Shoppers walk through New York’s Herald Square, outside Macy’s on 34th Street.
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Last week’s negative GDP print worsened recession worries, but other indicators are still strong.
Labor market data reveals companies are still hiring fast and retaining their workers.
Household finances are generally in good shape, and Americans continue to spend big.
Last week’s GDP report painted a gloomy picture of the economy — but far more indicators show the country to be performing just fine.
Though gross domestic product shrank for two consecutive quarters, inflation is at four-decade highs, and Americans’ economic sentiments near record lows, it would be a mistake to ignore several other signs of resilience in the US economy. A handful of indicators — including those closely tracked by the National Bureau of Economic Research, the very organization that calls recessions — show the recovery running strong through the second quarter, albeit at a slower pace than last year.
Consecutive quarters of negative growth are the rule-of-thumb criteria for a technical recession, but NBER actually decides when downturns begin, and its criteria are far more stringent. The NBER’s dating committee defines an economic slump as “a significant decline in economic activity that is spread across the economy and that lasts more than a few months.”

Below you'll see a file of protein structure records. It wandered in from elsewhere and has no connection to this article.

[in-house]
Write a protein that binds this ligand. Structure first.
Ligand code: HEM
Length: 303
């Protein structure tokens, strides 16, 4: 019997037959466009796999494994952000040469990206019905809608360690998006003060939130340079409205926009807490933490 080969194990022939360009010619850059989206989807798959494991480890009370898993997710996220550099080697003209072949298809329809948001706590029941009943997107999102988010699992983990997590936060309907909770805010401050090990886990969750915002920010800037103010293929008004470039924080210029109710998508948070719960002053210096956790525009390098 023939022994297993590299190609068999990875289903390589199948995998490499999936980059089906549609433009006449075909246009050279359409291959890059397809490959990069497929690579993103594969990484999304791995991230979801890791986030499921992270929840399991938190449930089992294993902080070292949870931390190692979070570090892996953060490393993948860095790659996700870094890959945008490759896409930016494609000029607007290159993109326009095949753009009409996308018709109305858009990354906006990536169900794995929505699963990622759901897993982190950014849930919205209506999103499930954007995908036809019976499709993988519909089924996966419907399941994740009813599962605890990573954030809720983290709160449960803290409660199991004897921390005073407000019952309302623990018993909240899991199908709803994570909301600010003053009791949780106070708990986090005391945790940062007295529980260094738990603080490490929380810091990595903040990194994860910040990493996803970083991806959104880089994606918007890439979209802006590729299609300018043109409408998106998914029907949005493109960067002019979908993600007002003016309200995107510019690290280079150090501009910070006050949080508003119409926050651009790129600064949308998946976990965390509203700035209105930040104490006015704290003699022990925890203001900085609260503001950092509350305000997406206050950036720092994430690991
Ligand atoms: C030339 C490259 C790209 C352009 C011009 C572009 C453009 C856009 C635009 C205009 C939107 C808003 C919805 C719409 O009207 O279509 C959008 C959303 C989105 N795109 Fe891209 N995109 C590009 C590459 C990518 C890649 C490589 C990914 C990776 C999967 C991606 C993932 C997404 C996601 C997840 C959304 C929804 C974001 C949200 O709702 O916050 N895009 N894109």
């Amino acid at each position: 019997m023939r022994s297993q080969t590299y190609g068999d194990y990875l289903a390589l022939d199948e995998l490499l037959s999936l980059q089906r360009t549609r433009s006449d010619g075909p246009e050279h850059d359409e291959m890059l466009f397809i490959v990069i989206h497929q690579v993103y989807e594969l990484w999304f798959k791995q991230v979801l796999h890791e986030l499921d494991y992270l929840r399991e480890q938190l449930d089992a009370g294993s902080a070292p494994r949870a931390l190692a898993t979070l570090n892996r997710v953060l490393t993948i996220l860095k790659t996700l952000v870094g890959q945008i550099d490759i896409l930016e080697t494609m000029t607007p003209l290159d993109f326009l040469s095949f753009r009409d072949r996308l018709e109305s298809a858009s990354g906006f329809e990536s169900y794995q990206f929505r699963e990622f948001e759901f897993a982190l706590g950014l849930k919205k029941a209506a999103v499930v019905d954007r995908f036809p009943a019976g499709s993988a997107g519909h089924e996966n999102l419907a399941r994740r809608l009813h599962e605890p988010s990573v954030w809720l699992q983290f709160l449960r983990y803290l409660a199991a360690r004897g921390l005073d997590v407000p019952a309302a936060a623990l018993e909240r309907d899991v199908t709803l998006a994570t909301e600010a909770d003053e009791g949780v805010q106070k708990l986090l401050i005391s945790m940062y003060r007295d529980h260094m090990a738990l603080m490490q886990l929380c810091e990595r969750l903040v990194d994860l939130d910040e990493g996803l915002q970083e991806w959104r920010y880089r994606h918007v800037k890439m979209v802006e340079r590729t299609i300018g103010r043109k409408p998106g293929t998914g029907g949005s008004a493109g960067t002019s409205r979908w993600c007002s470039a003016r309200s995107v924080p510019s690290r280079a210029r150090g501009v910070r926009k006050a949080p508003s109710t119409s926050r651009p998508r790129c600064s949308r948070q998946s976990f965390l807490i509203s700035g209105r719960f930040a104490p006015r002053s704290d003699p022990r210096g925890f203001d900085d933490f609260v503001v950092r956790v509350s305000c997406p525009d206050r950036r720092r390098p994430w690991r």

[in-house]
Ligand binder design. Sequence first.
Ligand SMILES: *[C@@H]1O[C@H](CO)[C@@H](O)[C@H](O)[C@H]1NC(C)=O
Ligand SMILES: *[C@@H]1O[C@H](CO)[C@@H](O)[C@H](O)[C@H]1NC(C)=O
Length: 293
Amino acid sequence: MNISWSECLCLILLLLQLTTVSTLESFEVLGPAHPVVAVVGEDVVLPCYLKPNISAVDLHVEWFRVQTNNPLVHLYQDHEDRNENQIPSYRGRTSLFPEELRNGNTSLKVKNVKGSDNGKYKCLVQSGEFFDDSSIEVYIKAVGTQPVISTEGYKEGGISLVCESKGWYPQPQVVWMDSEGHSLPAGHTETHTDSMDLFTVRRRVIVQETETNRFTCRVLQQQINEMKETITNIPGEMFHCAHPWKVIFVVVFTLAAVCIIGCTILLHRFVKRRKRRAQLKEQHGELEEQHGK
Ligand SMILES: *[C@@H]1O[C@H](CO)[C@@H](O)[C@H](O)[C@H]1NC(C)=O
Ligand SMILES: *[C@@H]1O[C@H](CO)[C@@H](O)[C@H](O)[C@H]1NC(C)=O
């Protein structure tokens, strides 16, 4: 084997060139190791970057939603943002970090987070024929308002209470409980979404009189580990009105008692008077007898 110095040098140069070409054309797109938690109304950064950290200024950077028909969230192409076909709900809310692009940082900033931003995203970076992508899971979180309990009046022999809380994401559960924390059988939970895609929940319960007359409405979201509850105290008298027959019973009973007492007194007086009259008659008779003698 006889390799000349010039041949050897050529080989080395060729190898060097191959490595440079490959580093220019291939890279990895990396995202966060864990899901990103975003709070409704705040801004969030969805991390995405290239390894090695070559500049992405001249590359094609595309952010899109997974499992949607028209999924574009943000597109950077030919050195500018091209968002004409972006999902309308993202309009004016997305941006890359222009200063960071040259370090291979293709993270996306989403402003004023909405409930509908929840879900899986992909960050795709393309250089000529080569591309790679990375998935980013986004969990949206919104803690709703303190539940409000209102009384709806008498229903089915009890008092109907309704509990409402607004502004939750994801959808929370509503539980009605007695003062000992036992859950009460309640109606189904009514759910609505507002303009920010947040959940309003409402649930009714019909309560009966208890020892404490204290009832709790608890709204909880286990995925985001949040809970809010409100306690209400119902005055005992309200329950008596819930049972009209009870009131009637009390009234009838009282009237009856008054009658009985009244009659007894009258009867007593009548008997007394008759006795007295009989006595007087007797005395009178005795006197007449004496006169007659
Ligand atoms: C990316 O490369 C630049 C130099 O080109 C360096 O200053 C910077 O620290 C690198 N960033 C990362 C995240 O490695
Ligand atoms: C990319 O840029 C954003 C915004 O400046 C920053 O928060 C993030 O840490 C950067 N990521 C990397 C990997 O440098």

It also looks at a handful of variables that give a more holistic snapshot of the economy than GDP, and those indicators are all in healthy territory.
4 signs that businesses are hiring fast and keeping workers around
Nearly every measure of the labor market shows it to be in robust condition.
Nonfarm payrolls — the most popular measure of overall employment — is the latest indicator to flash an encouraging signal. The US added 528,000 jobs in July, doubling the average forecast and extending the historically strong payroll creation it’s seen throughout 2022.
The gain places total jobs above the pre-pandemic high, signaling a complete rebound from the losses seen early in the pandemic. That recovery happened nearly three times faster than the rebound from the Great Recession, even though the coronavirus recession featured the largest post-war drop in employment.
Unemployment remains historically low as well. The measure fell to 3.5% in July, matching the five-decade low seen before the pandemic.
The unemployment rate is somewhat skewed by the fact that labor force participation remains subdued. The gauge only tracks jobless Americans who are actively looking for work, meaning those outside the labor force aren’t counted. …read more
Source:: Business Insider